We Could Be Brothers
(Sankofa Books, April 20, 2017)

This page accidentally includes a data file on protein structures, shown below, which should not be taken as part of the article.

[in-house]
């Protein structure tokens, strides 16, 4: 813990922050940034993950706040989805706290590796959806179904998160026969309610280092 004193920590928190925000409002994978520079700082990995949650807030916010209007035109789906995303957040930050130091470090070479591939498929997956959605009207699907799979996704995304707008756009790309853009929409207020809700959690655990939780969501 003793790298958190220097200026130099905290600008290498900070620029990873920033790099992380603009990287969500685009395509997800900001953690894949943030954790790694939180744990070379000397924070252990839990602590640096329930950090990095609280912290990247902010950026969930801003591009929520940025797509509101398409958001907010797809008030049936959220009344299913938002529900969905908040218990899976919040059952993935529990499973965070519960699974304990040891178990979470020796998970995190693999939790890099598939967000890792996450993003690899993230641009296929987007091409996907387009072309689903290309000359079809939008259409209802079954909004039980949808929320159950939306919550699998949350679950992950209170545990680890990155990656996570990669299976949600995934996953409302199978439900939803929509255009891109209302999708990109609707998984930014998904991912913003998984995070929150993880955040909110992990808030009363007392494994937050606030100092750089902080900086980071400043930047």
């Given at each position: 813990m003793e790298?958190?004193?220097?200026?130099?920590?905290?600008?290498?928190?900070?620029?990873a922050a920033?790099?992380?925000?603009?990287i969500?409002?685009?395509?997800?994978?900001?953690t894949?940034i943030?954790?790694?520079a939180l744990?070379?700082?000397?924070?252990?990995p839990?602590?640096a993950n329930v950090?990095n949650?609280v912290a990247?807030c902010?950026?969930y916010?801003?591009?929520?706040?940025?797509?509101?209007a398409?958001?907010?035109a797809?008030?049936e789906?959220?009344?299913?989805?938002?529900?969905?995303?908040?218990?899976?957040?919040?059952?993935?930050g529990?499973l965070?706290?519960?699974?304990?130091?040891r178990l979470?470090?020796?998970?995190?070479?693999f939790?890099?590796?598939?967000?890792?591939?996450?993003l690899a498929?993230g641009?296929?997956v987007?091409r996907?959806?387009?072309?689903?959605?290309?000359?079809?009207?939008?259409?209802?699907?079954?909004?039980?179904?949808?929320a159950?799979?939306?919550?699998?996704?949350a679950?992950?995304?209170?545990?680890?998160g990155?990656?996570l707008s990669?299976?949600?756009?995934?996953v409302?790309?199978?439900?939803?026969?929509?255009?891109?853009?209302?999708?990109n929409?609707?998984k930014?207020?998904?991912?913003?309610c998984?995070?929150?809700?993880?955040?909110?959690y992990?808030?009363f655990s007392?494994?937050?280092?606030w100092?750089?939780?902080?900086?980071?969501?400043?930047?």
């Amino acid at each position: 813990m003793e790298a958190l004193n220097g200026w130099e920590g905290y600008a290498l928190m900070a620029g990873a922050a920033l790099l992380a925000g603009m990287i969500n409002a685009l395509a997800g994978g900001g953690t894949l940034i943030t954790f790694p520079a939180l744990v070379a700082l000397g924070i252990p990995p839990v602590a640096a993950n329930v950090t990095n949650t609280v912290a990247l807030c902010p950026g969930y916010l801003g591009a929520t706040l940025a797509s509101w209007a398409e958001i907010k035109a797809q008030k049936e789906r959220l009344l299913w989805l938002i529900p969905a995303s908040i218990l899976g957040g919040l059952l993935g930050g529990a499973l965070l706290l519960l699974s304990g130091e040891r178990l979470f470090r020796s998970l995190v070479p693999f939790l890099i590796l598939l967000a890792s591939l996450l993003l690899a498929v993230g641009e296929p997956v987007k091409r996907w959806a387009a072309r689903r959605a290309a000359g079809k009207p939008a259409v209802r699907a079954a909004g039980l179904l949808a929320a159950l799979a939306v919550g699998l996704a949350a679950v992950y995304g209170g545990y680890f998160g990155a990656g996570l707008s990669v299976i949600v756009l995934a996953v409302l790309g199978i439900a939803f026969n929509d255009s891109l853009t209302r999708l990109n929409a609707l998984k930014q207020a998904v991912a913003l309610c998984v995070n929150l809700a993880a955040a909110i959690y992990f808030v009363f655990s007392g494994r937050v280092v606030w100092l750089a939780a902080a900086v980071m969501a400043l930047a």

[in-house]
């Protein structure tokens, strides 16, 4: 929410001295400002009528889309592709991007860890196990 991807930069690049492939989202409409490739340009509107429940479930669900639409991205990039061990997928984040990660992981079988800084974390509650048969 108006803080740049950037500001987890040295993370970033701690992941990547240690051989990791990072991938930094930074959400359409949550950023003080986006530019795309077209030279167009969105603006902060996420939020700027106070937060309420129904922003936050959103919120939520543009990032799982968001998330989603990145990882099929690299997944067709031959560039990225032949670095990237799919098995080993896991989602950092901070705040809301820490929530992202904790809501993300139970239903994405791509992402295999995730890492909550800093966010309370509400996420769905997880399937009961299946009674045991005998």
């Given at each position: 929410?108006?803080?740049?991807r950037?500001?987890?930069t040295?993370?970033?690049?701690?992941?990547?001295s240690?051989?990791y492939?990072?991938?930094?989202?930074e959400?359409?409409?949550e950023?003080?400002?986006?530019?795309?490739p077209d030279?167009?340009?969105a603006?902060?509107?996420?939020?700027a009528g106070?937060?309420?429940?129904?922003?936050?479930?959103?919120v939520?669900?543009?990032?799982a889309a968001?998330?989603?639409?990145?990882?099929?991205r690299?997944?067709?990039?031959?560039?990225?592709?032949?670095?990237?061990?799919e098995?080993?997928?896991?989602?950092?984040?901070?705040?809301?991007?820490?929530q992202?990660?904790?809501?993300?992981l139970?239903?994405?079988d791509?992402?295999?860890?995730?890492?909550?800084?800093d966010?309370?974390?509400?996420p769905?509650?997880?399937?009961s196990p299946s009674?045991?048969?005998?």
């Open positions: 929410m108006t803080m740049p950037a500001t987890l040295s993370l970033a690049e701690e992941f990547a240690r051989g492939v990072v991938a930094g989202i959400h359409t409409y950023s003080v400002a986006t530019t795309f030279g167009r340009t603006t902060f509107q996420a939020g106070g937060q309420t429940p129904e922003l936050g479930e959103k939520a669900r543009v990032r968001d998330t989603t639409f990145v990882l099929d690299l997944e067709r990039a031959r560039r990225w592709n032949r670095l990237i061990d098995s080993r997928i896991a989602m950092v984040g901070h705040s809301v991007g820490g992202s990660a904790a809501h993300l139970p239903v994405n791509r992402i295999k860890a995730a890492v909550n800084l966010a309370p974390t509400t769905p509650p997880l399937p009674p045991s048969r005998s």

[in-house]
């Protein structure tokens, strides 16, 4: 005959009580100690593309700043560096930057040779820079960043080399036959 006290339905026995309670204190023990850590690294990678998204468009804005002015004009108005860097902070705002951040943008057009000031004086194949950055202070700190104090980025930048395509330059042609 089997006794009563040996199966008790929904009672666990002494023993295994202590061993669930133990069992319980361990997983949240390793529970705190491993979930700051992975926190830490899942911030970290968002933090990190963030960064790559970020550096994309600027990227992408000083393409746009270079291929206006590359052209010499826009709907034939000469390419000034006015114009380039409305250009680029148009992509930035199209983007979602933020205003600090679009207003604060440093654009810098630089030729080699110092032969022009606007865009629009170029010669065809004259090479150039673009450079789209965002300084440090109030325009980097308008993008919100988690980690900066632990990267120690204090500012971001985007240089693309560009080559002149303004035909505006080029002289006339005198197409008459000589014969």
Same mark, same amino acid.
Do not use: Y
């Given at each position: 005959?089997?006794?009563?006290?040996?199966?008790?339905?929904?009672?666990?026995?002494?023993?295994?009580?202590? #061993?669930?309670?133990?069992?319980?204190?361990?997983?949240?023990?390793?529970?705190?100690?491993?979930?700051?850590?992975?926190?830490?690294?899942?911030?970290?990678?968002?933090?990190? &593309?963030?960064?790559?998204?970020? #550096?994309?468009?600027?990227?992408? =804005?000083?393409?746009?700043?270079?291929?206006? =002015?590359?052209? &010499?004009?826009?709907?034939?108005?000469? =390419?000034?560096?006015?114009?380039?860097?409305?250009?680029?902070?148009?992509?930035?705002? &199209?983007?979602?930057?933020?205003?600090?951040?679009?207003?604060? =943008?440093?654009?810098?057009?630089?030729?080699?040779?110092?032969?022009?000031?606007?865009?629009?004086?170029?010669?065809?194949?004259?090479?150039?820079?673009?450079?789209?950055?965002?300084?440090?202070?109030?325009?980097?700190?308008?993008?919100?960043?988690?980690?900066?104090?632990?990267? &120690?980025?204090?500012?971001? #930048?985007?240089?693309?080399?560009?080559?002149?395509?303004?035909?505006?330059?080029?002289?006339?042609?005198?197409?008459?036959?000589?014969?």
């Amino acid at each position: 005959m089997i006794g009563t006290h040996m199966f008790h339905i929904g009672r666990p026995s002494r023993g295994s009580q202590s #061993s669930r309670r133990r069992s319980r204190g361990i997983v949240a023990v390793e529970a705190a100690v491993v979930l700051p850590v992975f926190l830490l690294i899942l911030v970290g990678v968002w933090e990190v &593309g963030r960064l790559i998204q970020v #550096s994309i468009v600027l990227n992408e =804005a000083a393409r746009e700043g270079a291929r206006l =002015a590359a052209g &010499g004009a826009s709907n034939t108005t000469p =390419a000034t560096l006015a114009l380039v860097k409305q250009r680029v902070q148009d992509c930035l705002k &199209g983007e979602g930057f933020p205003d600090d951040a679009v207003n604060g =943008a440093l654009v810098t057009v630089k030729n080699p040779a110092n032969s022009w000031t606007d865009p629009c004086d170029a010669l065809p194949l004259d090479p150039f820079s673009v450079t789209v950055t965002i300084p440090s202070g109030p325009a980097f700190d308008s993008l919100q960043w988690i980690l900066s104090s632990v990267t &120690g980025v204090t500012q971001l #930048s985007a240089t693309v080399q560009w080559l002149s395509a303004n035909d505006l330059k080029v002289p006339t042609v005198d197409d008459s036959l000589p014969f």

In this middle grade novel by Derrick Barnes (Ruby & the Booker Boys), two thirteen- year-old African-American boys become friends during a three-day stint in an after-school suspension. They were both involved in two unrelated incidents with the same person, the resident menace at Alain Locke Middle, Tariq Molten. Robeson Battlefield is from a two-parent household, where both parents are highly successful and educated. Academic achievement, social consciousness and responsibility are reinforced daily in the Battlefield household. Pacino Clapton comes from a single parent household; his mom works two fulltime jobs. Pacino has a ton of responsibilities, including cutting hair to help pay bills, and taking care of his twin five- year-old sisters. During this three-day span, the young men visit each other's home, and chop it up on a multitude of subjects including respect of self and Black women, the dire state of hip-hop music, the use of the dreaded N word, and masculinity. Before long, the three boys are on a collision course. And when they do intersect, their lives are changed forever. We Could Brothers addresses the presence and lack of positive male leadership in the home, and how it dictates the way young African American men view themselves, each other, and the world around them. Mentorship, brotherhood, and an emphasis on that old adage each-one-teach-one; are very real and tangible themes in this middle grade literary masterpiece.